Zoom 'Lied,' Faces Criticism for Newly Discovered Lax Security Practices

Some condemn Zoom, while others believe the concerns are overblown.

Jeffrey Schwartz

April 7, 2020

6 Min Read

Zoom Video Communications faces intensified scrutiny as new questions about lax security practices surfaced and school districts and other organizations started banning the meeting service.

Despite apologizing last week after the FBI warned that “Zoom-bombers” were hijacking Zoom meetings with pornographic images, New York City’s Department of Education barred use of the service, recommending Microsoft Teams instead. Likewise, other school districts throughout the U.S. pulled the plug on Zoom because of the lax security practices. NASA, SpaceX and the governments of Australia and Taiwan are among the latest to ban use of Zoom.

As critics debated Zoom’s lax security practices, the University of Toronto’s Citizen Lab released a report on Friday that raised more alarms. Among them, researchers discovered encryption keys on servers in Beijing, China, for meetings in North America. The researchers saw the keys when making a test call, according to the report.

Citizen Lab’s testers also found single 128-bit encryption keys by all Zoom meeting participants in ECB mode to encrypt and decrypt audio and video. That finding is especially troubling because Zoom has claimed its service uses 256-bit encryption for its service. Moreover, security experts have long regarded ECB mode as insecure.

Two days after apologizing for last week’s lax security practices, Zoom CEO Eric Yuan responded to The Citizen Lab’s findings. In its urgency to add capacity, Yuan noted Zoom had rapidly added more server capacity, starting in China. Zoom added the capacity in China where cases of COVID-19 first appeared, he noted.


Zoom’s Eric Yuan

“In that process, we failed to fully implement our usual geofencing best practices,” according to Yuan’s April 3 post. “As a result, it is possible certain meetings were allowed to connect to systems in China, where they should not have been able to connect. We have since corrected this. We have also been working on improving our encryption and will be working with experts to ensure we are following best practices.”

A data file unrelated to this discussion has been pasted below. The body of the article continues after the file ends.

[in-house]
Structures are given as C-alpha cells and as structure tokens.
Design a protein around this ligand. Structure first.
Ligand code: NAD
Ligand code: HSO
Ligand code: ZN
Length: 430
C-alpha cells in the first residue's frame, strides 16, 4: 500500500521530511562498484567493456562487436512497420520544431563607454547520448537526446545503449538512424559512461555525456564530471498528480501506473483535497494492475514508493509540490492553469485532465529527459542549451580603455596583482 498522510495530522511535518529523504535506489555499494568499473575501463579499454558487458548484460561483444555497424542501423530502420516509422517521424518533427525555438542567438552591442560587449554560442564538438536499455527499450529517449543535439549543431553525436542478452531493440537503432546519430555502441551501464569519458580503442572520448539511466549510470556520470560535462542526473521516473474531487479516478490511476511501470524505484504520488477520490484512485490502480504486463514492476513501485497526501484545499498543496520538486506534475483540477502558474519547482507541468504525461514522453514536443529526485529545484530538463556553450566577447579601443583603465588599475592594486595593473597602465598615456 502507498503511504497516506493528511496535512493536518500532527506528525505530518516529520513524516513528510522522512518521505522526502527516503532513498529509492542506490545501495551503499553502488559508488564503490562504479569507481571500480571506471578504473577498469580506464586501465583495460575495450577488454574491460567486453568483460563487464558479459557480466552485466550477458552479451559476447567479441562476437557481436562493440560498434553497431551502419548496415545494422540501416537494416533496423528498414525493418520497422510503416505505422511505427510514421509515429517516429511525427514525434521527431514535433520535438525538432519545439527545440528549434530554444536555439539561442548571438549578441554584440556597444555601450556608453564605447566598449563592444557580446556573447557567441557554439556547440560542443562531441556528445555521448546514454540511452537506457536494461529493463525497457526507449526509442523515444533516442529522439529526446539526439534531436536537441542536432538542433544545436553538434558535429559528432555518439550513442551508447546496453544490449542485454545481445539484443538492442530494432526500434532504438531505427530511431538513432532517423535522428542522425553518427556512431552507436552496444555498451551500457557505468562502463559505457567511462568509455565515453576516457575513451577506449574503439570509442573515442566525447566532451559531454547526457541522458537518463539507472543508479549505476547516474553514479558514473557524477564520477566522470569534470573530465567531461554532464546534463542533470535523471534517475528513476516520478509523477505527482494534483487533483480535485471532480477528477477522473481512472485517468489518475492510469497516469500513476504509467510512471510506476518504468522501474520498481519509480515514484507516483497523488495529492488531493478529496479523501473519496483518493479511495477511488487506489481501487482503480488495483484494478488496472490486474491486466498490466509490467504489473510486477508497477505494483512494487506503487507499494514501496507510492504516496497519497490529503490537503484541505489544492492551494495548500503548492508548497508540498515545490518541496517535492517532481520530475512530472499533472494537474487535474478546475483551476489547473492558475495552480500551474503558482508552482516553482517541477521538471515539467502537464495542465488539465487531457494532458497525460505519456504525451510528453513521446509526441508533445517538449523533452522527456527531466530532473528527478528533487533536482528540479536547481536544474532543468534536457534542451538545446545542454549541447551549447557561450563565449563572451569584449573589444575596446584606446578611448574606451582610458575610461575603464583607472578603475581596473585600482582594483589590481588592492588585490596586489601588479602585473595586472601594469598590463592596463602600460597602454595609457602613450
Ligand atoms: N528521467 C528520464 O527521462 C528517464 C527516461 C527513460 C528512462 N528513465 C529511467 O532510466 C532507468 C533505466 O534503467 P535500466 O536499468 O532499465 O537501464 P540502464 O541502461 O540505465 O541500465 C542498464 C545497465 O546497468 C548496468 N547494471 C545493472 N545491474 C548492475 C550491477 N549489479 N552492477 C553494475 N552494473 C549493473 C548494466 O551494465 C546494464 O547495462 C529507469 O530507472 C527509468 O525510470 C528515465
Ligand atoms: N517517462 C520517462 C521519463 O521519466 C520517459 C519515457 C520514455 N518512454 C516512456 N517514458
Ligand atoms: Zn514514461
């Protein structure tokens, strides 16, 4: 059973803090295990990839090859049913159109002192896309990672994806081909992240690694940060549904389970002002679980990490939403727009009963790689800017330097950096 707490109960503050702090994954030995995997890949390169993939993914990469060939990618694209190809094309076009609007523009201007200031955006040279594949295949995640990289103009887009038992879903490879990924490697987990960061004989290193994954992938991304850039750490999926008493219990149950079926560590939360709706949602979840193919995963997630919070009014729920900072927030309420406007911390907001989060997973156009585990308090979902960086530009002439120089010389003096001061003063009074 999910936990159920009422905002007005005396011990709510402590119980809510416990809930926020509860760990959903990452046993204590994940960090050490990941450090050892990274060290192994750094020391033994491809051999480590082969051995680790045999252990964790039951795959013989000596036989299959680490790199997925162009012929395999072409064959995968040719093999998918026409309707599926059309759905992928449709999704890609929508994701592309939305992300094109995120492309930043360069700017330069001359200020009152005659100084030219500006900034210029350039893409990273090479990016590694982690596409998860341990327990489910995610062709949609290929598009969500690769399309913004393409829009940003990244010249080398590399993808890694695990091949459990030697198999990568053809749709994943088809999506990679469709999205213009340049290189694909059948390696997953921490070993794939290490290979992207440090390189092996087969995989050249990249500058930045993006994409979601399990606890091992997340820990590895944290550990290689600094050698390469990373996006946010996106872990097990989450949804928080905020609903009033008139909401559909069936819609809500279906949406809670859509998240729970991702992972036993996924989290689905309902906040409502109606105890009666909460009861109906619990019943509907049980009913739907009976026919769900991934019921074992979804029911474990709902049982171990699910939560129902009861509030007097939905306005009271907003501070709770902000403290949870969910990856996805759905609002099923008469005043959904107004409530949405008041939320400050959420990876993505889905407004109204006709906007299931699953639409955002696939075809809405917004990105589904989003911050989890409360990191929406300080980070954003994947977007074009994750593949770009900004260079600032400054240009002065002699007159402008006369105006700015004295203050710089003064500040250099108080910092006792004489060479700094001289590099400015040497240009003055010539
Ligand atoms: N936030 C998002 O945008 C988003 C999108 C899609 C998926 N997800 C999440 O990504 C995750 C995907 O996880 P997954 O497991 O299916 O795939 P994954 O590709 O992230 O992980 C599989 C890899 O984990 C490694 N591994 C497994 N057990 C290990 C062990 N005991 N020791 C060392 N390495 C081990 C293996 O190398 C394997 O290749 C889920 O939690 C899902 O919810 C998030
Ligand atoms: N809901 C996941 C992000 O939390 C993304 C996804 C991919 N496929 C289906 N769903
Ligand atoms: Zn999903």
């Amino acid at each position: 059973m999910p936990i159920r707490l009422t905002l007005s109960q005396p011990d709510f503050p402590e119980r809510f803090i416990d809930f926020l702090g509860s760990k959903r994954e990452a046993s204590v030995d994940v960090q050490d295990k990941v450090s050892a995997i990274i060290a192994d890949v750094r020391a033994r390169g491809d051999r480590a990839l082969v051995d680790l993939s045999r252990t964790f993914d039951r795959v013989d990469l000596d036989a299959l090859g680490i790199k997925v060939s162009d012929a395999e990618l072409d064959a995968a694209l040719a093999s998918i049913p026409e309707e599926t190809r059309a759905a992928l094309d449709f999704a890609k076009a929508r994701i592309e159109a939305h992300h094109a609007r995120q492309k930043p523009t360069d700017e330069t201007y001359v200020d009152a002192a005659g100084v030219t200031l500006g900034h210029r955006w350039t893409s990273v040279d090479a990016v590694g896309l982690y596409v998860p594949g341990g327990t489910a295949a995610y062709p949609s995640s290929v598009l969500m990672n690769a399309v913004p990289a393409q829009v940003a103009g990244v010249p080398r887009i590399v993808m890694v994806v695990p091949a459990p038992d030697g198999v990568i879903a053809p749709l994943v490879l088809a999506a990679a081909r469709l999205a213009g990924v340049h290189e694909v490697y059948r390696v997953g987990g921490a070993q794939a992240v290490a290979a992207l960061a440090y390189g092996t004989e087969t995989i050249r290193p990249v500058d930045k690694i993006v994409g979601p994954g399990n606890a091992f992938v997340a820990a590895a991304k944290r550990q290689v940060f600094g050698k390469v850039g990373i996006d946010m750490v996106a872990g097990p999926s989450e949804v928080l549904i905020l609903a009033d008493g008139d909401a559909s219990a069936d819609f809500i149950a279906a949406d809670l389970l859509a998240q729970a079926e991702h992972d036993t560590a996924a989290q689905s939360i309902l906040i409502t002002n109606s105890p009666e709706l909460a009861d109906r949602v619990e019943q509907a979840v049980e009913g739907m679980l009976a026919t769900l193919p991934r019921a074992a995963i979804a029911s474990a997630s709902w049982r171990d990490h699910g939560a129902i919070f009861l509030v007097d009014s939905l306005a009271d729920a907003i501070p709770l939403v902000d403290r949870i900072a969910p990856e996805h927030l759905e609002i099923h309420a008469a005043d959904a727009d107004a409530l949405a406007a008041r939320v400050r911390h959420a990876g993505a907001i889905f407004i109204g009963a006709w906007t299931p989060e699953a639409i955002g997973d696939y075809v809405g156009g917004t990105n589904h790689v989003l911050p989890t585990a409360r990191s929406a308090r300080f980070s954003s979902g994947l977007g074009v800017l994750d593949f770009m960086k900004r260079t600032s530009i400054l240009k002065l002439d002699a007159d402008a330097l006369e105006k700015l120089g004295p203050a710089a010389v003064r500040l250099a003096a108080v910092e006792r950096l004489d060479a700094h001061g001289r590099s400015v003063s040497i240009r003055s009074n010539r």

Yuan noted that Zoom typically maintains geofencing. That method aims to ensure that meetings users hold outside of China aren’t routed through data centers in that country. As demand ramped suddenly in February, Zoom rushed to meet it by quickly deploying the additional servers.

“In our haste, we mistakenly added our two Chinese data centers to a lengthy whitelist of backup bridges, potentially enabling non-Chinese clients to – under extremely limited circumstances – connect to them,” he said.

This typically happened when all other servers outside of China were unavailable, he noted. Following on a prior April 1 post, Yuan promised to share more how Zoom will address the encryption issues.

“We recognize that we can do better with our encryption design,” he said, in his subsequent April 3 post.

Zoom shares plummeted 15% on April 6 and were down nearly 7% as of 1:40 p.m. ET on Tuesday as critics remained unmoved by Yuan’s responses to reports of its lax security practices.

Harsh Reaction on Social Media

“For everybody patting Zoom on the back for its apologies and promises to do better, keep in mind it LIED about: AE256 (128), E2E encryption (TLS), geofenced keys (China-US),” industry analyst Patrick Moorhead, founder of Moor Insights and Technology, tweeted. “These aren’t ‘mistakes.’ It has a culture issue.”

Managed service providers (MSP) and IT consultants agree that Zoom must fix these issues quickly, but have …

… varying opinions as to whether companies should ban the use of the service.

“Zoom security stuff is awful and this will just get worse,” said Ben Johnson, founder and CEO of managed services provider Liberty Technology.